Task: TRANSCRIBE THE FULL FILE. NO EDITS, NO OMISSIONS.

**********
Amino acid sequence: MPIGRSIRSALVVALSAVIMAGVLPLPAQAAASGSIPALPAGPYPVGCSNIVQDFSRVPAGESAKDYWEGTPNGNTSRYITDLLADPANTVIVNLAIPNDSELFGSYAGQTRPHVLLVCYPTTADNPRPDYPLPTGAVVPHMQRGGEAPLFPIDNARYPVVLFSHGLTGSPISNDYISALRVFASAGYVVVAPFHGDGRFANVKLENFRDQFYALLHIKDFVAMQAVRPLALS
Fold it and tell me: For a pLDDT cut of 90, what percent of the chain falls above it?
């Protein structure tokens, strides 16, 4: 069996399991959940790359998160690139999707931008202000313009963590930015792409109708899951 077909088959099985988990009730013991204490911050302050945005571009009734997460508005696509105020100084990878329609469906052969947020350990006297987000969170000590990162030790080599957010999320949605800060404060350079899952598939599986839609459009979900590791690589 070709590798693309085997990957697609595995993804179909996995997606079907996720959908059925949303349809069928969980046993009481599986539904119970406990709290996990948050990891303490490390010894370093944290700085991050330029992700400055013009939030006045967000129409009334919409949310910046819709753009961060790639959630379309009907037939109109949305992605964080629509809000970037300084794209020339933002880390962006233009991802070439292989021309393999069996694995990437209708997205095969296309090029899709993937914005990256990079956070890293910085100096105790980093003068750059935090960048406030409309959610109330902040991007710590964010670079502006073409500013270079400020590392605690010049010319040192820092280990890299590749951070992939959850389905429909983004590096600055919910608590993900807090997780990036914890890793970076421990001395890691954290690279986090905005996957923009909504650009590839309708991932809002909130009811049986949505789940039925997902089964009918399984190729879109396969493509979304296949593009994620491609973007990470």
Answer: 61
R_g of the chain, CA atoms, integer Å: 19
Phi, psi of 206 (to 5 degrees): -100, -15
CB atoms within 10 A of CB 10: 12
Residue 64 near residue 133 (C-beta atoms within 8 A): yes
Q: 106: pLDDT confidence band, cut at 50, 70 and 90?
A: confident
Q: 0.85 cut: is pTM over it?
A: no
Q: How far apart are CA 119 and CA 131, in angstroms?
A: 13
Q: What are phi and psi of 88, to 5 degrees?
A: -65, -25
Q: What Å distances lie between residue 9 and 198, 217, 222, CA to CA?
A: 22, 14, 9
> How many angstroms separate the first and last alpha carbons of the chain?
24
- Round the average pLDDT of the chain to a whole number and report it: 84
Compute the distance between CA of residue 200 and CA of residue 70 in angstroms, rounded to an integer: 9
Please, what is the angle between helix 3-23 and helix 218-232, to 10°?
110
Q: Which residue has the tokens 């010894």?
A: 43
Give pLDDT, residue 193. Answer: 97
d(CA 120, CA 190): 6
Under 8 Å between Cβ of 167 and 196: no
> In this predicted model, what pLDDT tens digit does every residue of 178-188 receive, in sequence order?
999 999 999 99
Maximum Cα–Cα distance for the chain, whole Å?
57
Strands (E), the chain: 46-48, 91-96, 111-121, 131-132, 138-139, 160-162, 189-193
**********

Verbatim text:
Amino acid sequence: MPIGRSIRSALVVALSAVIMAGVLPLPAQAAASGSIPALPAGPYPVGCSNIVQDFSRVPAGESAKDYWEGTPNGNTSRYITDLLADPANTVIVNLAIPNDSELFGSYAGQTRPHVLLVCYPTTADNPRPDYPLPTGAVVPHMQRGGEAPLFPIDNARYPVVLFSHGLTGSPISNDYISALRVFASAGYVVVAPFHGDGRFANVKLENFRDQFYALLHIKDFVAMQAVRPLALS
Fold it and tell me: For a pLDDT cut of 90, what percent of the chain falls above it?
């Protein structure tokens, strides 16, 4: 069996399991959940790359998160690139999707931008202000313009963590930015792409109708899951 077909088959099985988990009730013991204490911050302050945005571009009734997460508005696509105020100084990878329609469906052969947020350990006297987000969170000590990162030790080599957010999320949605800060404060350079899952598939599986839609459009979900590791690589 070709590798693309085997990957697609595995993804179909996995997606079907996720959908059925949303349809069928969980046993009481599986539904119970406990709290996990948050990891303490490390010894370093944290700085991050330029992700400055013009939030006045967000129409009334919409949310910046819709753009961060790639959630379309009907037939109109949305992605964080629509809000970037300084794209020339933002880390962006233009991802070439292989021309393999069996694995990437209708997205095969296309090029899709993937914005990256990079956070890293910085100096105790980093003068750059935090960048406030409309959610109330902040991007710590964010670079502006073409500013270079400020590392605690010049010319040192820092280990890299590749951070992939959850389905429909983004590096600055919910608590993900807090997780990036914890890793970076421990001395890691954290690279986090905005996957923009909504650009590839309708991932809002909130009811049986949505789940039925997902089964009918399984190729879109396969493509979304296949593009994620491609973007990470």
Answer: 61
R_g of the chain, CA atoms, integer Å: 19
Phi, psi of 206 (to 5 degrees): -100, -15
CB atoms within 10 A of CB 10: 12
Residue 64 near residue 133 (C-beta atoms within 8 A): yes
Q: 106: pLDDT confidence band, cut at 50, 70 and 90?
A: confident
Q: 0.85 cut: is pTM over it?
A: no
Q: How far apart are CA 119 and CA 131, in angstroms?
A: 13
Q: What are phi and psi of 88, to 5 degrees?
A: -65, -25
Q: What Å distances lie between residue 9 and 198, 217, 222, CA to CA?
A: 22, 14, 9
> How many angstroms separate the first and last alpha carbons of the chain?
24
- Round the average pLDDT of the chain to a whole number and report it: 84
Compute the distance between CA of residue 200 and CA of residue 70 in angstroms, rounded to an integer: 9
Please, what is the angle between helix 3-23 and helix 218-232, to 10°?
110
Q: Which residue has the tokens 């010894």?
A: 43
Give pLDDT, residue 193. Answer: 97
d(CA 120, CA 190): 6
Under 8 Å between Cβ of 167 and 196: no
> In this predicted model, what pLDDT tens digit does every residue of 178-188 receive, in sequence order?
999 999 999 99
Maximum Cα–Cα distance for the chain, whole Å?
57
Strands (E), the chain: 46-48, 91-96, 111-121, 131-132, 138-139, 160-162, 189-193